Looking at the nut and dried fruit markets over the last couple of years, many could be described as volatile, erratic or unstable. Almond prices continue to rise, driven by lack of rain in the main producer California. Hazelnut prices have fallen sharply, after rising to an all-time high in May. Turkish sultana prices are significantly higher this year due to a damaging spring frost. While dried apricot prices have been falling from last year’s peak. Desiccated coconut is no exception, with a largely unpredictable trend over the past couple of years.
desiccated coconut prices
The Philippines is the main global exporter of desiccated coconut, accounting for more than a third of exports. Early in 2014, Philippine desiccated coconut prices rose sharply in response to the destruction left by Typhoon Haiyan. The typhoon caused catastrophic damage to agriculture and infrastructure in the Philippines and resulted in a large number of fatalities. This year, prices have fallen to pre-Haiyan levels, plummeting 45% since the beginning of the year. To understand why the prices have fallen, we need to consider several factors.
The price of desiccated coconut closely follows the price of coconut oil. When the price of coconut oil rises, desiccated coconut prices will soon follow and vice versa, as they compete for the same raw material — raw coconut. The price of coconut oil is largely driven by price trends in other vegetable oil markets, in particular palm oil, due to the oil’s interchangeability. In addition, the price of crude oil can be a factor as vegetable oils are also used in renewable fuels.
With crude oil prices falling dramatically over the past eighteen months, the demand for vegetable oils as a source of biofuel has fallen. There has been a pressure from palm oil and palm kernel oil markets due to ample supplies, with prices of both oils falling by 55% and 50% between March 2014 and September 2015. The combination of these factors has contributed to lower coconut oil prices and consequently led to lower desiccated coconut prices.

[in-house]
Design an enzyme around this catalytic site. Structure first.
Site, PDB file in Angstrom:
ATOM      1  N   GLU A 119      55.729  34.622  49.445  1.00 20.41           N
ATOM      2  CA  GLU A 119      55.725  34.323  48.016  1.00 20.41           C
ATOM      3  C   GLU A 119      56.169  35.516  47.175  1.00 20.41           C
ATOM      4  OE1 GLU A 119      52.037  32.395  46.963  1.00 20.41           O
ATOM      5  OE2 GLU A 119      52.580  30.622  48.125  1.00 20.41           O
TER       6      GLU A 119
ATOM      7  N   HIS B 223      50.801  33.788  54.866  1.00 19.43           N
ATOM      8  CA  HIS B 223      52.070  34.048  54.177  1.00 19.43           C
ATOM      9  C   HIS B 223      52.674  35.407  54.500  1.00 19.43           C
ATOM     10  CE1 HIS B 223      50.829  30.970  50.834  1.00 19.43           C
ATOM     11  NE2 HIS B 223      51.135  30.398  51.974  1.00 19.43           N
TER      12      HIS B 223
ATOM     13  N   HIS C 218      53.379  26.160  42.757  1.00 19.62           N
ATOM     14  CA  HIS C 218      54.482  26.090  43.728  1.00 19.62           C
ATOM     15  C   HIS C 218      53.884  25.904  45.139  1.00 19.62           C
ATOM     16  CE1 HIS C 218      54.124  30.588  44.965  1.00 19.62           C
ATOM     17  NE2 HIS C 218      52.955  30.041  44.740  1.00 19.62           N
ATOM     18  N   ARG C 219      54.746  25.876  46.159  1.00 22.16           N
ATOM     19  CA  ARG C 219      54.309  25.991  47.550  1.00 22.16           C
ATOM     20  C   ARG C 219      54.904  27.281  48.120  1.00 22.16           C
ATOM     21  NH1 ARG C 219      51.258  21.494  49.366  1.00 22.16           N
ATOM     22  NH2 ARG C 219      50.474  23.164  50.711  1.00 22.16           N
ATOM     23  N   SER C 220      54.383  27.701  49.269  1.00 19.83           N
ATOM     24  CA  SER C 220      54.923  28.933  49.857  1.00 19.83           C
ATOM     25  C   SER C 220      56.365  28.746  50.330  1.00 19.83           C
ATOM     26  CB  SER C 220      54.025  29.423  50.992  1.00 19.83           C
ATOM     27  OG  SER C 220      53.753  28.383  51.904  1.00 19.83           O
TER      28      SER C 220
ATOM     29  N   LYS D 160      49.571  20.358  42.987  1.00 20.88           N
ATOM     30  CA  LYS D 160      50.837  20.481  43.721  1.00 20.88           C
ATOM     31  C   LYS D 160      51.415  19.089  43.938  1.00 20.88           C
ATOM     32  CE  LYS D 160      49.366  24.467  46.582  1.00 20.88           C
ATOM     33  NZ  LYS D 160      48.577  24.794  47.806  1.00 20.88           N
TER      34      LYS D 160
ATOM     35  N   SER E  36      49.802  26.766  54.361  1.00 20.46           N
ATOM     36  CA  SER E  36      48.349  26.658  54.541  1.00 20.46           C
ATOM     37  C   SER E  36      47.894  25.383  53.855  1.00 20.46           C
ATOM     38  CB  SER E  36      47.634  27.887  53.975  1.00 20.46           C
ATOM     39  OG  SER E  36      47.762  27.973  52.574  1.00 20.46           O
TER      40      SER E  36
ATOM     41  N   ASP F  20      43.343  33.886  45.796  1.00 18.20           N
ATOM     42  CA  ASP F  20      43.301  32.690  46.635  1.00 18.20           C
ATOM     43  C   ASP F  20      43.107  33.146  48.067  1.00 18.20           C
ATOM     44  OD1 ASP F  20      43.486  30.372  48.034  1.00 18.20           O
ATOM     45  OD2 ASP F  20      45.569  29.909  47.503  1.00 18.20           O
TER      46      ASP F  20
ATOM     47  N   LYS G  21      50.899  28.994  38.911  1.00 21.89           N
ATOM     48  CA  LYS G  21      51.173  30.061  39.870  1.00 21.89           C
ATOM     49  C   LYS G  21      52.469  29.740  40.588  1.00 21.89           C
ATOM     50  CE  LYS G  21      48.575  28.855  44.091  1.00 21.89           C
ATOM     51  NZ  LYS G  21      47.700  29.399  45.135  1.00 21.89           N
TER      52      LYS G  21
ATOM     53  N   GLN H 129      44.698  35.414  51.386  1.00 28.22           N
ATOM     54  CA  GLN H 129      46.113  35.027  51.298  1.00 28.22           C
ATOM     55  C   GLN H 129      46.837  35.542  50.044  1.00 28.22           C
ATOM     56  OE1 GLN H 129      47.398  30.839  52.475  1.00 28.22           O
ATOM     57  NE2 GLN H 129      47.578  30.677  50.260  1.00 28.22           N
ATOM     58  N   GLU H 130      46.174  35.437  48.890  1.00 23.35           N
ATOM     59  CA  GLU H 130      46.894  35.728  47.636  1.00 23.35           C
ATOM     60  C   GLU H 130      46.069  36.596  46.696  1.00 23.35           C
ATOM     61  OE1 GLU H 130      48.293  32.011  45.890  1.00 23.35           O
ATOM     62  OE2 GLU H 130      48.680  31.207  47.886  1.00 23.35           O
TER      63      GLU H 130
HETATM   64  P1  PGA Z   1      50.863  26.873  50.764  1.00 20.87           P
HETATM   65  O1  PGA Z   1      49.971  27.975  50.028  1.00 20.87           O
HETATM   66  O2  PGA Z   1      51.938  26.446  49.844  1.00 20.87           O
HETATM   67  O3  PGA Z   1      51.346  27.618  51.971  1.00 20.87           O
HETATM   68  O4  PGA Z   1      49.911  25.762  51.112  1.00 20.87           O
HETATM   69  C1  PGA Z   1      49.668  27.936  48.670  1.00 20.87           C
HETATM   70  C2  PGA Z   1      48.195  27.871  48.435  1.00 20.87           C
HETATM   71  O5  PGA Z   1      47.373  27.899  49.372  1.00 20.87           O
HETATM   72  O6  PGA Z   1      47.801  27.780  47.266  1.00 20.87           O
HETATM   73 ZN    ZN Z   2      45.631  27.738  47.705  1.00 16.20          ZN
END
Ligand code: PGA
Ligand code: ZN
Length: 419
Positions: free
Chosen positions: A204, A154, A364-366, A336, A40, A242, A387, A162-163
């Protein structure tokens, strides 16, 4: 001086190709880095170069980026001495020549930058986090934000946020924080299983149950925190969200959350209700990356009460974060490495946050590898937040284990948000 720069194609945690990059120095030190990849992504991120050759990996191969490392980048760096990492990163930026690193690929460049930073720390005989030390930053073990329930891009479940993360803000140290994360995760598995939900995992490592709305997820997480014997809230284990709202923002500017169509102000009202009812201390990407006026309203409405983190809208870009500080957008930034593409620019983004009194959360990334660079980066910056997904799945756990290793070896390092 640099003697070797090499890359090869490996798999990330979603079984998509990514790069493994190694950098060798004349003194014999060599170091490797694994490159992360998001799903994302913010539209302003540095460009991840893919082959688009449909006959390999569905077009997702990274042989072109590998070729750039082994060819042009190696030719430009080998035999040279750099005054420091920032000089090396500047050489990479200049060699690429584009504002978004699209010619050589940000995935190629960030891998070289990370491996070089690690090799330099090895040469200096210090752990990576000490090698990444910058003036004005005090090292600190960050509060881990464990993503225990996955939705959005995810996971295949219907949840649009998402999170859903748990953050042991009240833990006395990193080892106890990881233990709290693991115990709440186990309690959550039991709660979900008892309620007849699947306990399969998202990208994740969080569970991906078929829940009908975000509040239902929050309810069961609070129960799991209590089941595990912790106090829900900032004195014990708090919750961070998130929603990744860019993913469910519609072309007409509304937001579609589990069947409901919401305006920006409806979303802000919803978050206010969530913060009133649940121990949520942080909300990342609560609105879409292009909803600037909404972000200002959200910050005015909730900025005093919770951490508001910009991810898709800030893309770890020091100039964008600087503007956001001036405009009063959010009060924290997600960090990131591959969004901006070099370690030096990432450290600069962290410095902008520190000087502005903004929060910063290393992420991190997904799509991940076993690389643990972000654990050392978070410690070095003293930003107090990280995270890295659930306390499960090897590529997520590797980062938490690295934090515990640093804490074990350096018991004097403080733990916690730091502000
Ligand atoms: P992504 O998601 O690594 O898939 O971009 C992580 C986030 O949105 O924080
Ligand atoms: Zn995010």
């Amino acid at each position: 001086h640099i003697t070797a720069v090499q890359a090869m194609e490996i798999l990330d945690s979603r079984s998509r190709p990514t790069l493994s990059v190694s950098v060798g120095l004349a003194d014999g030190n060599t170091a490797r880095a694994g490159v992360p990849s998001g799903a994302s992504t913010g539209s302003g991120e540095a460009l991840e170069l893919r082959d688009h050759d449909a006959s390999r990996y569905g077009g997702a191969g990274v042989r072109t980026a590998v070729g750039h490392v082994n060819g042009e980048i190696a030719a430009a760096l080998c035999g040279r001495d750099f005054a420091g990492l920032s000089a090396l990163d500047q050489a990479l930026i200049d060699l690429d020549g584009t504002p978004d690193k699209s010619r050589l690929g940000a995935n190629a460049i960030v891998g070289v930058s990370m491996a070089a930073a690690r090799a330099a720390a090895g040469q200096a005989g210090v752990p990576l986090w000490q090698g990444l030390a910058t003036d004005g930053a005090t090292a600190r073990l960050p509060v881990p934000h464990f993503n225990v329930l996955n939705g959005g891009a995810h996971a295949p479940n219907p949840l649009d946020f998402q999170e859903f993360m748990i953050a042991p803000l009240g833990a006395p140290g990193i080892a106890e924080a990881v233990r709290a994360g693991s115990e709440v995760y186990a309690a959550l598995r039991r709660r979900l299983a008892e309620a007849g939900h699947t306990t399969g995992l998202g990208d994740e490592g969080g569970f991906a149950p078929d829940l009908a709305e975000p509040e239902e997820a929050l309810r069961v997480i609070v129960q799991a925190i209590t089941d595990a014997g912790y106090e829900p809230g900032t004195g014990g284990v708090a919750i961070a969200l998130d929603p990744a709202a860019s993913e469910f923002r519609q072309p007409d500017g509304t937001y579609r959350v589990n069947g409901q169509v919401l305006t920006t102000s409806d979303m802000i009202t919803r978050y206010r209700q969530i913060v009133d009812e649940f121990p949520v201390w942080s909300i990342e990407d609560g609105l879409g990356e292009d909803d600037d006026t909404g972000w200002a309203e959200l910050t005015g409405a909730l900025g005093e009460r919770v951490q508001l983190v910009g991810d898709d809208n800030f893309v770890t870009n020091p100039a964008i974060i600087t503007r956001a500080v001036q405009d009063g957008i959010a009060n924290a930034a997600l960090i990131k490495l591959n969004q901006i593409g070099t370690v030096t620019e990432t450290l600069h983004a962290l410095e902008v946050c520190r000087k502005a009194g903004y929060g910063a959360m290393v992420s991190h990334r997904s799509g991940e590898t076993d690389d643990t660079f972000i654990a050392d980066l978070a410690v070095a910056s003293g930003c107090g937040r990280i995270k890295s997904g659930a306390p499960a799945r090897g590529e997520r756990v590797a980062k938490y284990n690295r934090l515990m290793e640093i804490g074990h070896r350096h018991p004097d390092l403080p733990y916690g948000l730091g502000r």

There have also been some aggressive selling strategies from smaller producers in Indonesia, Sri Lanka or Vietnam, which have further supported the downward trend in the desiccated coconut markets.
In the past few weeks, however, the price fall has slowed, with El Niño cited as the main reason. Dry weather in parts of Southeast Asia has driven palm oil prices upwards and, with coconut trees believed to be affected by the lack of rain, the price of desiccated coconut seems to have plateaued for the time being.
JANUARY 11, 2016
At the moment crude oil seems to be driving the direction of the market. Crude oil rallied slightly last week but again issues with China are weighing heavily pushing prices down, In fact some analysts are now even talking about $20 a barrel being possible. So whilst Palm Oil crops are reducing so is the demand for Palm as a Bio Fuel. Some believe that this will only lead to a bigger jump in Palm oil prices later in the year. Coconut oil prices have been rising even with low Palm Oil prices as lower crops have been constricting supply.
Desiccated prices have been rising since the start of the year. Low supply of nuts has been pushing up prices since the end of last year and is continuing now. Today tales of price increases in Indonesia of $100-200 per mt. Only Sri Lanka has reported prices falling but prices there were much higher then other origins anyway.